UBC Faculty Research and Publications
White lie during patient care: a qualitative study of nurses’ perspectives Nasrabadi, A. N; Joolaee, S.; Navab, E.; Esmaeili, M.; Shali, M.
Background: Keeping the patients well and fully informed about diagnosis, prognosis, and treatments is one of the patient’s rights in any healthcare system. Although all healthcare providers have the same viewpoint about rendering the truth in treatment process, sometimes the truth is not told to the patients; that is why the healthcare staff tell “white lie” instead. This study aimed to explore the nurses’ experience of white lies during patient care. Methods: This qualitative study was conducted from June to December 2018. Eighteen hospital nurses were recruited with maximum variation from ten state-run educational hospitals affiliated to Tehran University of Medical Sciences. Purposeful sampling was used and data were collected by semi-structured interviews that were continued until data saturation. Data were classified and analyzed by content analysis approach. Results: The data analysis in this study resulted in four main categories and 11 subcategories. The main categories included hope crisis, bad news, cultural diversity, and nurses’ limited professional competences. Conclusion: Results of the present study showed that, white lie told by nurses during patient care may be due to a wide range of patient, nurse and/or organizational related factors. Communication was the main factor that influenced information rendering. Nurses’ communication with patients should be based on mutual respect, trust and adequate cultural knowledge, and also nurses should provide precise information to patients, so that they can make accurate decisions regarding their health care.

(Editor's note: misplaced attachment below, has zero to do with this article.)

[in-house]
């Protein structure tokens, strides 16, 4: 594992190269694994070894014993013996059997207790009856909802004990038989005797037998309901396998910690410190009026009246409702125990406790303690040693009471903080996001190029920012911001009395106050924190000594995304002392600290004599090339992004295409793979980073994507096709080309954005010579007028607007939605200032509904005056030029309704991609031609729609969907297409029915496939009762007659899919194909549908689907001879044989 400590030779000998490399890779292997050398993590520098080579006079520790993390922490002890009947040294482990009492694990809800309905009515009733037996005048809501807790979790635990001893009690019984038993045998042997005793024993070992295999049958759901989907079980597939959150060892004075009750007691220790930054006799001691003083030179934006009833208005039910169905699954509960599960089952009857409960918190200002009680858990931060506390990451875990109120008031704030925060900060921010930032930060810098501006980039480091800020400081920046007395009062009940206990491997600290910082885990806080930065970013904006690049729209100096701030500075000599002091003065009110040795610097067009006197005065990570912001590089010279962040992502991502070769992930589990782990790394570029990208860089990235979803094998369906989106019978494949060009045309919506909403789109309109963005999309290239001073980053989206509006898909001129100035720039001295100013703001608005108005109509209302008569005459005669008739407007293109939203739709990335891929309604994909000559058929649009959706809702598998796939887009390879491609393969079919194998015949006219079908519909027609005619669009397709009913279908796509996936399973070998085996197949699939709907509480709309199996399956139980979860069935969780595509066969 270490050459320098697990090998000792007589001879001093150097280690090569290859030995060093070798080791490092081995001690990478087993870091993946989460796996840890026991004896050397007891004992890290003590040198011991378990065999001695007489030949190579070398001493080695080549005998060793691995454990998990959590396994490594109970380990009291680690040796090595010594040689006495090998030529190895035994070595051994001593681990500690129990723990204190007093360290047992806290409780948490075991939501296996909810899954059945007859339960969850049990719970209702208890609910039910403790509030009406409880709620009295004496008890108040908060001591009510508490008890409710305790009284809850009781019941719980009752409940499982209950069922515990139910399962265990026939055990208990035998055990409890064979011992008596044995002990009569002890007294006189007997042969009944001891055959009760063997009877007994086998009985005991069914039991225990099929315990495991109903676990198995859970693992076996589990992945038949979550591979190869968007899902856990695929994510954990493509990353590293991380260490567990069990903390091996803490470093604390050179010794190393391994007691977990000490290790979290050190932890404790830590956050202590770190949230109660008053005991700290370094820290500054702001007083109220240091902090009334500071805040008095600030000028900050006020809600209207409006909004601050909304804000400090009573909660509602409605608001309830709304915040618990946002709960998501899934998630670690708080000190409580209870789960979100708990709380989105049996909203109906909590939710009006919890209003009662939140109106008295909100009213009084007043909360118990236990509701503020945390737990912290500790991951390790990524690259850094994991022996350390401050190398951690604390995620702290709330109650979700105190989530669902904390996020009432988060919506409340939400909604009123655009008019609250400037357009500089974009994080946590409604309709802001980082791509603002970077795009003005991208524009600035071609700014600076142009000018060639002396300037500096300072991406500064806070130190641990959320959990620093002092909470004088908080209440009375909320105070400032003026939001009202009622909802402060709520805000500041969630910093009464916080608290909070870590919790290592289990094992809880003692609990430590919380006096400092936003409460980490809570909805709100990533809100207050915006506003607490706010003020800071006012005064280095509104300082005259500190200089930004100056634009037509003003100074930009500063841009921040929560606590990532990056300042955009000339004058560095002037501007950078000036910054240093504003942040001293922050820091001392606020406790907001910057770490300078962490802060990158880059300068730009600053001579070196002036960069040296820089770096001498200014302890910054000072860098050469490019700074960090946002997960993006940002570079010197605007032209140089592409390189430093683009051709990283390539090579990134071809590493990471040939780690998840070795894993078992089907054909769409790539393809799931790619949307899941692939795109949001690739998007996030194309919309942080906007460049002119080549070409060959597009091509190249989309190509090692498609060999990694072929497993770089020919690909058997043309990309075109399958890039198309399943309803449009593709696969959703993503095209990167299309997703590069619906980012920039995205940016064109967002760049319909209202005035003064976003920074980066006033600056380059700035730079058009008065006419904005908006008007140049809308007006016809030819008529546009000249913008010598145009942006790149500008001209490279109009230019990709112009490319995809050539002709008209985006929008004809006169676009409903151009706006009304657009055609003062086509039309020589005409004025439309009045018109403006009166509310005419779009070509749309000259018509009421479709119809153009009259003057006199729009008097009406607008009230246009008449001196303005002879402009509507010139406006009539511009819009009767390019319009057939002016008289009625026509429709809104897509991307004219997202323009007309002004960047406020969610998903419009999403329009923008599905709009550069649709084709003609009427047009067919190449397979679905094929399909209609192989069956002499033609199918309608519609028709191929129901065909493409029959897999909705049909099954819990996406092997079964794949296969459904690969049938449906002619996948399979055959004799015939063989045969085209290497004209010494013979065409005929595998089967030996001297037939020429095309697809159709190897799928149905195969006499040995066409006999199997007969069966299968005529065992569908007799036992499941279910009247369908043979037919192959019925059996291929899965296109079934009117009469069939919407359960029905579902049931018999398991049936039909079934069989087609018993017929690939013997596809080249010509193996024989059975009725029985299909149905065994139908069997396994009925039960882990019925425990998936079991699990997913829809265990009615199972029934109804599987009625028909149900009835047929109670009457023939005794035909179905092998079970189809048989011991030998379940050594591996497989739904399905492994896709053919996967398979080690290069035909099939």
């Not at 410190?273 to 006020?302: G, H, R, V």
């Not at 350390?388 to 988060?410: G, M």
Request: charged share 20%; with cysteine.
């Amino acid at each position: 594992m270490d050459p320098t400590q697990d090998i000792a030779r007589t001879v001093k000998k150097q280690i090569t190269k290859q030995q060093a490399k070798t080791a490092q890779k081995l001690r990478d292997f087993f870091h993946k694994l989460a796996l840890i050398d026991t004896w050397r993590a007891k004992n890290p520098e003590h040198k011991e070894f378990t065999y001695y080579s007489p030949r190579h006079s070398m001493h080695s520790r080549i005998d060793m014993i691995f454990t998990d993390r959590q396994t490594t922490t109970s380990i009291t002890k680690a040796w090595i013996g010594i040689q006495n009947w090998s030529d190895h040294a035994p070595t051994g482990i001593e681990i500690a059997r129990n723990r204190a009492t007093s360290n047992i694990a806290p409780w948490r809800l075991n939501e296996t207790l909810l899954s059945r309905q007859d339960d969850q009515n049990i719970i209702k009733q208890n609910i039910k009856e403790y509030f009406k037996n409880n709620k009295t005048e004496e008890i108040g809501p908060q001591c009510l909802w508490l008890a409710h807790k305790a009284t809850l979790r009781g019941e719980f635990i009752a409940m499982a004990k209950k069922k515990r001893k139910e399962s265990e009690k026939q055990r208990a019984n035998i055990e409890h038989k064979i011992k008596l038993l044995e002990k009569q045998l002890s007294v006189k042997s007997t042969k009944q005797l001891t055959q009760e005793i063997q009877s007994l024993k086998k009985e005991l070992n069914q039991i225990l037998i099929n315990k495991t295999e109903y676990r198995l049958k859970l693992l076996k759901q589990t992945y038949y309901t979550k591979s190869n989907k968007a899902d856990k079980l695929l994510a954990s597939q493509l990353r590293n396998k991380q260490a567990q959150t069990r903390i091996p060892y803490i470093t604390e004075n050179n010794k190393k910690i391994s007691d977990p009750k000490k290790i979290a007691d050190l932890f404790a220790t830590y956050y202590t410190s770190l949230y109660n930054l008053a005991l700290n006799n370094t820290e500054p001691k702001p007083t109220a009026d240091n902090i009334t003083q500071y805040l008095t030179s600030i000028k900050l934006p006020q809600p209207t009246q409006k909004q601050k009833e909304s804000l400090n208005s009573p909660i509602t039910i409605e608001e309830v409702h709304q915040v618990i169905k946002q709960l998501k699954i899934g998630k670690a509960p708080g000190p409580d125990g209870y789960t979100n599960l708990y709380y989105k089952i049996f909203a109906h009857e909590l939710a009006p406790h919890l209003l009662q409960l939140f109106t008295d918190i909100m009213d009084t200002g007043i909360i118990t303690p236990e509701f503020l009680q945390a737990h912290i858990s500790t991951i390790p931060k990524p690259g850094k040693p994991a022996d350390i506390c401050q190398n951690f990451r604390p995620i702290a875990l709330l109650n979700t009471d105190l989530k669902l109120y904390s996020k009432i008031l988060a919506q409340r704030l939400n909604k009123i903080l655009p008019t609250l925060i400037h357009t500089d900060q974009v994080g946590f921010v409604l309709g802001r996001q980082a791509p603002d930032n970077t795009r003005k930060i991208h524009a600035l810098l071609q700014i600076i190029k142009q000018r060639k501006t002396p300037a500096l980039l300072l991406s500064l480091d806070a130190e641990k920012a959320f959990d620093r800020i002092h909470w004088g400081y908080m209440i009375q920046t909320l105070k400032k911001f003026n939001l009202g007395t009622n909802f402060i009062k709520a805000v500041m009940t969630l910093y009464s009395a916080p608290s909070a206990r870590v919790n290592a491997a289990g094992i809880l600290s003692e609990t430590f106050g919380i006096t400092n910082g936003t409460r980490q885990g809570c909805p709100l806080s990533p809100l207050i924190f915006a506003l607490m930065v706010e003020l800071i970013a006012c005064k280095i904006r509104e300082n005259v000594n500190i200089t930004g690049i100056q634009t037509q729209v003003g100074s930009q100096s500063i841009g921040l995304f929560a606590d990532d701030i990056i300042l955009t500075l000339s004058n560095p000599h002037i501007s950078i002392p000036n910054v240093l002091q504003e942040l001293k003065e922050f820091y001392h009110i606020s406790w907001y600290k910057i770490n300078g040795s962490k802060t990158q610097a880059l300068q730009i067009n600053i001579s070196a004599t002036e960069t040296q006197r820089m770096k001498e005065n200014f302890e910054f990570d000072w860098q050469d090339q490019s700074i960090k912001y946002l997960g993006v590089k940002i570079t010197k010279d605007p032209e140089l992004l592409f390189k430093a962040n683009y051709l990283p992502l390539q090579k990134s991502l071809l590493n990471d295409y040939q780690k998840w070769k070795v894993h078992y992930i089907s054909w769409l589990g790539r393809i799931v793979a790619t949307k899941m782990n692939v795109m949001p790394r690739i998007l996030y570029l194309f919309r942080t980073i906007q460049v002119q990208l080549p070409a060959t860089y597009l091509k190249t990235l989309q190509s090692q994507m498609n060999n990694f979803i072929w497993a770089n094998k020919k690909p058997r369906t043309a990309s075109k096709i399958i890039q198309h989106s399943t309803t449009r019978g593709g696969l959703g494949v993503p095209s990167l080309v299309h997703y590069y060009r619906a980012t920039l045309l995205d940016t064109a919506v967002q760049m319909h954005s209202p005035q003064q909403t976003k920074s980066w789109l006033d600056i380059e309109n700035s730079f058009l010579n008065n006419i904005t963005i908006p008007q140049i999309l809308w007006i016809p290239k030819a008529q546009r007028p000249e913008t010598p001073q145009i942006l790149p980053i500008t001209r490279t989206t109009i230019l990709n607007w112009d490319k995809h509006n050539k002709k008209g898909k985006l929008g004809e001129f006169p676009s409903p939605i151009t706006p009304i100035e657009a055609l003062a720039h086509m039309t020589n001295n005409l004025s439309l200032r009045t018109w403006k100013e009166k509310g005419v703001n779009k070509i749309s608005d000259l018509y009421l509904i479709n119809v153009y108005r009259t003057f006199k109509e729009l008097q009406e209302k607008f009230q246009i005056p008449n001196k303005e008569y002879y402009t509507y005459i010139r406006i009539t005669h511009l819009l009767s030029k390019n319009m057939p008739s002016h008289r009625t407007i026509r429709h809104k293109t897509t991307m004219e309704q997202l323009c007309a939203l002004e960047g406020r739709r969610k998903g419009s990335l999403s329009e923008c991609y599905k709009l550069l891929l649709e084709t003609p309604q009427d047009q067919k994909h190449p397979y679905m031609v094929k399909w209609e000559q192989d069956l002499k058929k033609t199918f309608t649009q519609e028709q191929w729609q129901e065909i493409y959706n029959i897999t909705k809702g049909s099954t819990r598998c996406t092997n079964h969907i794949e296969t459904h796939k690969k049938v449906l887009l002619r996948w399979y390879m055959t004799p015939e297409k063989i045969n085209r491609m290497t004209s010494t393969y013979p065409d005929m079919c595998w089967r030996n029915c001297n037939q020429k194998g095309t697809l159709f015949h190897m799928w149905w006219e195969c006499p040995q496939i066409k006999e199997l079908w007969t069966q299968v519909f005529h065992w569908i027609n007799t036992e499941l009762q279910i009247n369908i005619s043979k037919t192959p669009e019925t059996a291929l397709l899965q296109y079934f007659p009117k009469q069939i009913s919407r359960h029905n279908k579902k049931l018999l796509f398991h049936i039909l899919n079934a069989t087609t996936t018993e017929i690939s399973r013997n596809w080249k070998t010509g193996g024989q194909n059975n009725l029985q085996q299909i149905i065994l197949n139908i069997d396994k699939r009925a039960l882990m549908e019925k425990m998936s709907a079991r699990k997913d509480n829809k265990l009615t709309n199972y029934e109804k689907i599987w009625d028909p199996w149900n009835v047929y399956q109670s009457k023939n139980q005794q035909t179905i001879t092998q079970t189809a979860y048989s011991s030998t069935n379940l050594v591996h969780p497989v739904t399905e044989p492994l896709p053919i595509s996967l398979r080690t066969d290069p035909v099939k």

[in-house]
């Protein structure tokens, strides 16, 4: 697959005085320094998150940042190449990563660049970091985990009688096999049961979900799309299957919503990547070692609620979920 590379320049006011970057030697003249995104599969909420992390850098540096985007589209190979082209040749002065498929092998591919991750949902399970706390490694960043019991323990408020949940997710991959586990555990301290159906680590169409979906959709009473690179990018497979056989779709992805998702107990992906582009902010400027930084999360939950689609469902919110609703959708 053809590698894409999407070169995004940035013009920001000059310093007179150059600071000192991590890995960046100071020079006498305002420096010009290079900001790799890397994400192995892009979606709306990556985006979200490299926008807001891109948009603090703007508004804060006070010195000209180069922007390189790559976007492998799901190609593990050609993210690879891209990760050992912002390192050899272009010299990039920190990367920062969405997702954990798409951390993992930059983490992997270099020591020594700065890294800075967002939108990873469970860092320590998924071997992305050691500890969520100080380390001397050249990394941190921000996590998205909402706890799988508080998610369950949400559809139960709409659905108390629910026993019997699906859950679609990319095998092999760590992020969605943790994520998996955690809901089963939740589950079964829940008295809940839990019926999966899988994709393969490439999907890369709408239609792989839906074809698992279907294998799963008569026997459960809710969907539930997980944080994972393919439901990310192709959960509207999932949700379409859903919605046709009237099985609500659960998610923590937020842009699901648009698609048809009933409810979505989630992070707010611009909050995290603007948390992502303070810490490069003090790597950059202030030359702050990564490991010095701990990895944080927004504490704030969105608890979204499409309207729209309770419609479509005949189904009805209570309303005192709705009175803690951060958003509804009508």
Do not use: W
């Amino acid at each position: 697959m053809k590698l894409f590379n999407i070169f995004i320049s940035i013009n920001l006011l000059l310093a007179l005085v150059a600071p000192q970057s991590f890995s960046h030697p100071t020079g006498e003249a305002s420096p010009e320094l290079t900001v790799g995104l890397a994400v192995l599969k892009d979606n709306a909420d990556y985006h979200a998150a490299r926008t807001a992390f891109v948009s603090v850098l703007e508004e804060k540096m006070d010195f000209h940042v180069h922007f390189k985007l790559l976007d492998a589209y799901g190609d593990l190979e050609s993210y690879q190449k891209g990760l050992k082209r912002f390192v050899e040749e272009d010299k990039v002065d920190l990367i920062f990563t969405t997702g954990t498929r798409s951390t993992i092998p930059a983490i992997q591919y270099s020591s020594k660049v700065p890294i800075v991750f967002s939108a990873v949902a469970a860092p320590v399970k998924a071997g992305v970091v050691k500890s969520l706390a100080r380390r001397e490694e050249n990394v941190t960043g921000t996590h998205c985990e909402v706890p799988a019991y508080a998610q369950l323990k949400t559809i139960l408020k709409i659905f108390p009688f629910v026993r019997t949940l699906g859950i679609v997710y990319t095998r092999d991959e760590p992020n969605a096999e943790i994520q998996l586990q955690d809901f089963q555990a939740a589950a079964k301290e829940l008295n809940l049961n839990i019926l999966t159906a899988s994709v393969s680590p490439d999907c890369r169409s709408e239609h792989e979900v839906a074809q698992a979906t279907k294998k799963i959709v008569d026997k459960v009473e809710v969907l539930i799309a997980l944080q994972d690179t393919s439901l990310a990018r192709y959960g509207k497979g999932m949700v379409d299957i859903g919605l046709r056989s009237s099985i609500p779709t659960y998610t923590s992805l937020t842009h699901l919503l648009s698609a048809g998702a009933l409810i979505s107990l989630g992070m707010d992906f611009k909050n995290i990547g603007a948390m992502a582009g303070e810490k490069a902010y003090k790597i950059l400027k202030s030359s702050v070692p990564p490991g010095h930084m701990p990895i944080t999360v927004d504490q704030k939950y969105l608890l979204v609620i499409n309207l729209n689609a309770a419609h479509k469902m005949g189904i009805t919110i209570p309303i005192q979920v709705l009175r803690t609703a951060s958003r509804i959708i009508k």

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Attribution 4.0 International (CC BY 4.0)